EU Policy towards the Western Balkans


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EU Policy towards the Western Balkans

  1. 1. “ EU Policy towards the Western Balkans” Mr Branislav Radeljic Goldsmiths, University of London, UK Language: English 8 April 2009
  2. 3. Branislav Radeljic, 2009. Disintegration of Yugoslavia 1/2 <ul><li>Proliferation of academic writing </li></ul><ul><li>“ Academic debates on the Former Yugoslavia are as polarized as those surrounding the creation of Israel or the partitioning of Cyprus, with criticism of a study often depending more on whether the work supports the commentator’s predetermined position than on the coherence of its theory or the reliability and sufficiency of its arguments. When one side in such a conflict wins politically, it usually also wins academically, because analyses that indicate that a politics that won is, in fact, wrong tend to be discounted. Political hegemony establishes intellectual orthodoxy” (R. M. Hayden, 1999: 19) </li></ul>
  3. 4. Branislav Radeljic, 2009. Disintegration of Yugoslavia 2/2 <ul><li>“… shocked the civilized West …” (S. Lucarelli, 2000: 1) </li></ul><ul><li>“… the Europeans simply couldn’t believe that Yugoslavia was in serious trouble ...” (W. Zimmermann, 1996: 65) </li></ul><ul><li>“… the EC was almost willy nilly sucked into the crisis ...” (M. Lak, 1992: 175) </li></ul><ul><li>“… the hour for Europe has come … if one problem can be solved by the Europeans, it is the Yugoslav problem ... ” (Jacques Poos, in M. Almond, 1994: 32) </li></ul>
  4. 5. Branislav Radeljic, 2009. Western Balkans <ul><li>Controversial term </li></ul><ul><li>Coined in 1992 </li></ul><ul><li>“ to separate the instable Yugoslavian successor states from accession efforts on the part of Romania and Bulgaria” </li></ul><ul><li>(G. Vobruba, 2006: 66) </li></ul><ul><li>MSs </li></ul><ul><li>WB issues: internal & external </li></ul><ul><li>Balkanization? </li></ul><ul><li>Europeanization? </li></ul><ul><li>Black Hole? </li></ul>
  5. 6. Branislav Radeljic, 2009. Unemployment (Source: Eurostat Compact Guide – Candidate and Potential Candidate Countries, 2008)
  6. 7. Branislav Radeljic, 2009. GDP per capita, 2006 (EUR) (1) (Source: Eurostat – Pocketbook on Candidate and Potential Candidate Countries, 2008)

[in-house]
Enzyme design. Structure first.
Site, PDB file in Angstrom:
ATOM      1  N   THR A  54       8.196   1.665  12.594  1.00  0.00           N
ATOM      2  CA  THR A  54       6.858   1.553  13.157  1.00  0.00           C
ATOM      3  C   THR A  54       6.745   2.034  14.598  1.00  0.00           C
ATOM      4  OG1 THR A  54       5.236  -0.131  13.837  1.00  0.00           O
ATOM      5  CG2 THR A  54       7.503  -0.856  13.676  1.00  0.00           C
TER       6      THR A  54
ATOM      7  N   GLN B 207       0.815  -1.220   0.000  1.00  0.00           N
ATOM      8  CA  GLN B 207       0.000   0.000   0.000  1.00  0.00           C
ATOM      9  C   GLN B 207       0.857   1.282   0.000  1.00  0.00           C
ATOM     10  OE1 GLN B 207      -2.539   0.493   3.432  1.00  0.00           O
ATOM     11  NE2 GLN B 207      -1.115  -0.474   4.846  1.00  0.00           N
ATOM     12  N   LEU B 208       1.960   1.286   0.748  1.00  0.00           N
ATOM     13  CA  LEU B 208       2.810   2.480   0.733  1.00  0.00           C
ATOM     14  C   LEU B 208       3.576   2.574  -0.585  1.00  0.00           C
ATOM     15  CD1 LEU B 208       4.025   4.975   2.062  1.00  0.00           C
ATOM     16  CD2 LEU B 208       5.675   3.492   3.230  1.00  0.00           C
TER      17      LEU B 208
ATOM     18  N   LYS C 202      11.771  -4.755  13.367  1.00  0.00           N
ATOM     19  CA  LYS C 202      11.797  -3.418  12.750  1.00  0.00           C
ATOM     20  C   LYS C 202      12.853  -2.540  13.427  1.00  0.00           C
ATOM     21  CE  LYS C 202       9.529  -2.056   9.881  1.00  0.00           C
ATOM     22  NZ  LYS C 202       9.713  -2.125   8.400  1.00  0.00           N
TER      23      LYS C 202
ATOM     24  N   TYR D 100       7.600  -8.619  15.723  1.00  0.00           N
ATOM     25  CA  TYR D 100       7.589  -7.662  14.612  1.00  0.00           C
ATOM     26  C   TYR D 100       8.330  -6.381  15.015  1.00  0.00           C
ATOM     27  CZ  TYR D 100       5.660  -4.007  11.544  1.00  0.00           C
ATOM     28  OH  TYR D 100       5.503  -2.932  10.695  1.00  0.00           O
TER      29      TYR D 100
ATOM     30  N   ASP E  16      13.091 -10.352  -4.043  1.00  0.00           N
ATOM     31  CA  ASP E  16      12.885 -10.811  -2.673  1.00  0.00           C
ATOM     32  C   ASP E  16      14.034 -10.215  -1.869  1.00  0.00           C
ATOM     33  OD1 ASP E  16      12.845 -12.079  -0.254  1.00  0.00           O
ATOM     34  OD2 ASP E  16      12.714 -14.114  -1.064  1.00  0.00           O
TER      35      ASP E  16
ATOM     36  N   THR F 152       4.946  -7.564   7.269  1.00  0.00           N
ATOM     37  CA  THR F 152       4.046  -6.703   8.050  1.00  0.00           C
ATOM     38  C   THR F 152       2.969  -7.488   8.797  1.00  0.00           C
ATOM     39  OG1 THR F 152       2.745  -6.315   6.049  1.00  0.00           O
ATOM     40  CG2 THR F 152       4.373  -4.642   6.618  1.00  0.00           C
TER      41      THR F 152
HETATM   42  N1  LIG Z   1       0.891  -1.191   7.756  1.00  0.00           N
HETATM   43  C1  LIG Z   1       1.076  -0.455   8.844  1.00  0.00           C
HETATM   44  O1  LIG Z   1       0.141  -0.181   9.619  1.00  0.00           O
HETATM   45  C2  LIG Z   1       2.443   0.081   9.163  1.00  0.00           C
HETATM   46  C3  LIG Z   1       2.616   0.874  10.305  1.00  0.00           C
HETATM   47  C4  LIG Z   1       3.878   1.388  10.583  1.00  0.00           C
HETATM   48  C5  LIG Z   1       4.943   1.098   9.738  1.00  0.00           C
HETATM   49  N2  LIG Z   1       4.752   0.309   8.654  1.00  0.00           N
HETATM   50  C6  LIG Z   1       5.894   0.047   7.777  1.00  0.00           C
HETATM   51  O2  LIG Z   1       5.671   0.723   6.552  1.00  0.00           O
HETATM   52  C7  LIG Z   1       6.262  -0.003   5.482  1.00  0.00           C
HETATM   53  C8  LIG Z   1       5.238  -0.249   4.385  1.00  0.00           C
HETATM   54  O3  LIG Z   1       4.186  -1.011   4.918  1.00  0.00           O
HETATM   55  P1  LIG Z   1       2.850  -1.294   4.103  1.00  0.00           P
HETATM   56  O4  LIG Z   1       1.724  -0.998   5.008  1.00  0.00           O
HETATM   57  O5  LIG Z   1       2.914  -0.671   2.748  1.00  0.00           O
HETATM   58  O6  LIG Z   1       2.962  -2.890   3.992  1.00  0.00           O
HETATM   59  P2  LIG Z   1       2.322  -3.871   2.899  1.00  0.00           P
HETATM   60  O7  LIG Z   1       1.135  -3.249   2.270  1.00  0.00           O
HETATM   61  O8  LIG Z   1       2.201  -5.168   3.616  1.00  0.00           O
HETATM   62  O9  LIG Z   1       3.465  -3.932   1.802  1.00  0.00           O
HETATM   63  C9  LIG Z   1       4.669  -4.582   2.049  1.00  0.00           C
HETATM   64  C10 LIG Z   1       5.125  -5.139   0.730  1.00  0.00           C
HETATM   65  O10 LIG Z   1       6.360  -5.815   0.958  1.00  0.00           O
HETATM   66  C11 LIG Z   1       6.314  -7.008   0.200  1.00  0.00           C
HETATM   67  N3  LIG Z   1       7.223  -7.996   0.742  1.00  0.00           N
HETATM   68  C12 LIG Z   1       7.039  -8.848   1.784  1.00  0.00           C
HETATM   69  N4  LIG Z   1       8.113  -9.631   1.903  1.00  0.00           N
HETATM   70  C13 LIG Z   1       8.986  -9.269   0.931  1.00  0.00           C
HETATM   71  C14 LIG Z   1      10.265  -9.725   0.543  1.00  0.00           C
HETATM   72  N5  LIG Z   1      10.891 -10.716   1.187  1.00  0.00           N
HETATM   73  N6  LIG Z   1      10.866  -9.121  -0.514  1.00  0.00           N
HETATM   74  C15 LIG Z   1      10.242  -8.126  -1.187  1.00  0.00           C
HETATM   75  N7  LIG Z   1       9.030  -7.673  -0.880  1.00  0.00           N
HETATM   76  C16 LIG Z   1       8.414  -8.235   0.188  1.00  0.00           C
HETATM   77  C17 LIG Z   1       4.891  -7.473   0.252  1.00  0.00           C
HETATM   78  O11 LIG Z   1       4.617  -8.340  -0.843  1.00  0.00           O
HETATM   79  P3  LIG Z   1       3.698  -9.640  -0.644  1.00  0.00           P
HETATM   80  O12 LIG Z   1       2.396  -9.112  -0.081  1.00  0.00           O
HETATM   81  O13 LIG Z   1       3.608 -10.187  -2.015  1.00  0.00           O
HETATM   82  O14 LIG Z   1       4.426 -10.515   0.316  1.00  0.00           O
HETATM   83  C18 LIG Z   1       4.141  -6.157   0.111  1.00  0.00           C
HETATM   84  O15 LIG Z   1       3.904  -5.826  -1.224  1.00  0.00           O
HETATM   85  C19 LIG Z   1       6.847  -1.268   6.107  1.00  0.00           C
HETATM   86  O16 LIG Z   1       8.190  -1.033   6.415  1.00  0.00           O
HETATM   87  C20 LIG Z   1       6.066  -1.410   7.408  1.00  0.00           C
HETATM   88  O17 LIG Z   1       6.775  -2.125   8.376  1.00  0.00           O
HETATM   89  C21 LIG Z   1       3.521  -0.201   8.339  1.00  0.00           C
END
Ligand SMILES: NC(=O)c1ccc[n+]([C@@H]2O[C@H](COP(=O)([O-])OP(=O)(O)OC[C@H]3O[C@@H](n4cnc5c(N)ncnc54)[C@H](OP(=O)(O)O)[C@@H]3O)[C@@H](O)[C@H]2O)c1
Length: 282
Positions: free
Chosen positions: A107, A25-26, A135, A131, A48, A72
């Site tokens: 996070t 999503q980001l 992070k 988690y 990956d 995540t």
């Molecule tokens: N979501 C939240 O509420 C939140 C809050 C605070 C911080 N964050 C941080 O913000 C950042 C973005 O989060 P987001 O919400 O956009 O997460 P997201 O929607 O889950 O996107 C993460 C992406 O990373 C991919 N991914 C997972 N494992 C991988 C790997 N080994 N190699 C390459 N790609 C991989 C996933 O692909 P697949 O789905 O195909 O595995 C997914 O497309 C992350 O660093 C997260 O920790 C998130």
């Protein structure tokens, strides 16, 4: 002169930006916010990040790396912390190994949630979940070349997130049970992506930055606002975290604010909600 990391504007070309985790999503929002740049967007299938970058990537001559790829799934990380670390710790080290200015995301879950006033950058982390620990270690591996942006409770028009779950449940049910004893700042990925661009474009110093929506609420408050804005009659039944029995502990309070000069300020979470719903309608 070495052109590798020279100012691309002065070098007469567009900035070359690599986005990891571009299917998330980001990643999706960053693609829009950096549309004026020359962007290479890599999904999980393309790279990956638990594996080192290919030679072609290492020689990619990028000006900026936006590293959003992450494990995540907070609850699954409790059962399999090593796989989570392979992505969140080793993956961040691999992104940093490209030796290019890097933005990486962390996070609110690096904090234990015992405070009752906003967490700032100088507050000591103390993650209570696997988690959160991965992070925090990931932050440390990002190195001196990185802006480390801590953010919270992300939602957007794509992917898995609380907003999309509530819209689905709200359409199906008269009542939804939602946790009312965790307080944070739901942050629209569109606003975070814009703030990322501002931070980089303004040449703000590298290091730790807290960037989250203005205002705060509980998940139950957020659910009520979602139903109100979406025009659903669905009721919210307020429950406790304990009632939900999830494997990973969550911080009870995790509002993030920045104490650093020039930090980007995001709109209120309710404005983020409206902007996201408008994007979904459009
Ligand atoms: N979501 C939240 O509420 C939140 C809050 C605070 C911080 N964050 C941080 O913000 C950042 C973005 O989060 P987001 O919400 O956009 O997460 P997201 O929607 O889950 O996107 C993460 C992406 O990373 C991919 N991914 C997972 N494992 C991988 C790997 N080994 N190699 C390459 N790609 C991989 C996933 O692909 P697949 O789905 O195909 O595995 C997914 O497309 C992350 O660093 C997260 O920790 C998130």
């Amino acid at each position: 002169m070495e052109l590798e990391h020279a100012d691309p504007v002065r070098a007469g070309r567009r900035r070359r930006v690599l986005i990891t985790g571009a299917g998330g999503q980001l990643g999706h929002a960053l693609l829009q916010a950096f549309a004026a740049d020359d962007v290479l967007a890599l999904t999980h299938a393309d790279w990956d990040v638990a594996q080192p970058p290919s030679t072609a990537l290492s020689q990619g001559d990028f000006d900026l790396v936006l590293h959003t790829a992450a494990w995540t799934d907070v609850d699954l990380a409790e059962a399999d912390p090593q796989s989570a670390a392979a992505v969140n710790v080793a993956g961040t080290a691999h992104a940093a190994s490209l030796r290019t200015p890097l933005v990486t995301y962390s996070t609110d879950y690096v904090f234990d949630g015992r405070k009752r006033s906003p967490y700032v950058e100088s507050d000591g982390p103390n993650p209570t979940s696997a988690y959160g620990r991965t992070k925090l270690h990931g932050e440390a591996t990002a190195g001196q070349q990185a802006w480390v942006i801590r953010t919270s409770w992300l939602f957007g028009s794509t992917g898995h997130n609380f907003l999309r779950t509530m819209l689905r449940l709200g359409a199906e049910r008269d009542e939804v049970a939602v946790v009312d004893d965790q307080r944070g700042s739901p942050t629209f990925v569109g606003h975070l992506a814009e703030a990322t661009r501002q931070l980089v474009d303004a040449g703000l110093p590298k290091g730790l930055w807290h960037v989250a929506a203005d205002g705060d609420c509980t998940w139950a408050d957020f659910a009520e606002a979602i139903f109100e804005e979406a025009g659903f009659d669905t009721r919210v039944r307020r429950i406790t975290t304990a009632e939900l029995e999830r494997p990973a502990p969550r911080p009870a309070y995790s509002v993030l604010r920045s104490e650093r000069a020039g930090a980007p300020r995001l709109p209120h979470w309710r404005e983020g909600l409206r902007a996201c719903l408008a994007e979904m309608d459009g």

7. 8. Branislav Radeljic, 2009. Transnationalism in the Western Balkans <ul><li>Different actors involved (political elite, diasporas, media, religion) </li></ul><ul><li>Negative transnationalism is a result of “the fortification of the shifting EU borders” (A. Hodzic, 2008: 27), => informal economy </li></ul><ul><li>Who benefits from transnationalism? </li></ul><ul><li>Can it be positive and how? </li></ul><ul><li>Foreign involvement (from necessary to over-exaggerated) </li></ul><ul><li>Role of civil society? </li></ul>
  8. 9. Branislav Radeljic, 2009. Democratization 1/2 <ul><li>Important components (R. P. Farkas, 2007: 19-23): </li></ul><ul><li>Value Consensus (leaders, media, Internet, EU, IMF, World Bank, education, religion) </li></ul><ul><li>Political Architecture (democratic governments, institutions, competitive market economy, efficient administration) </li></ul><ul><li>Effective Leadership (old vs. new leaders) </li></ul><ul><li>Confidence and Leadership (public input, turnover, transparency, compromise) </li></ul>
  9. 10. Branislav Radeljic, 2009. Democratization 2/2 <ul><li>Six dimensions (R. P. Farkas, 2007): </li></ul><ul><li>Tolerance (religion, media, multiparty systems, nationalism, education, minority policies) </li></ul><ul><li>Obligation (searching for public sentiment, democracy) </li></ul><ul><li>Voice (participation, media, demonstrations) </li></ul><ul><li>Constraint (respect for opposition, issues characterizing transition of power, ‘checks and balances’) </li></ul><ul><li>Transparency (institutional limits, elite accountability, independent think tanks, media sustainability) </li></ul><ul><li>Legitimacy </li></ul>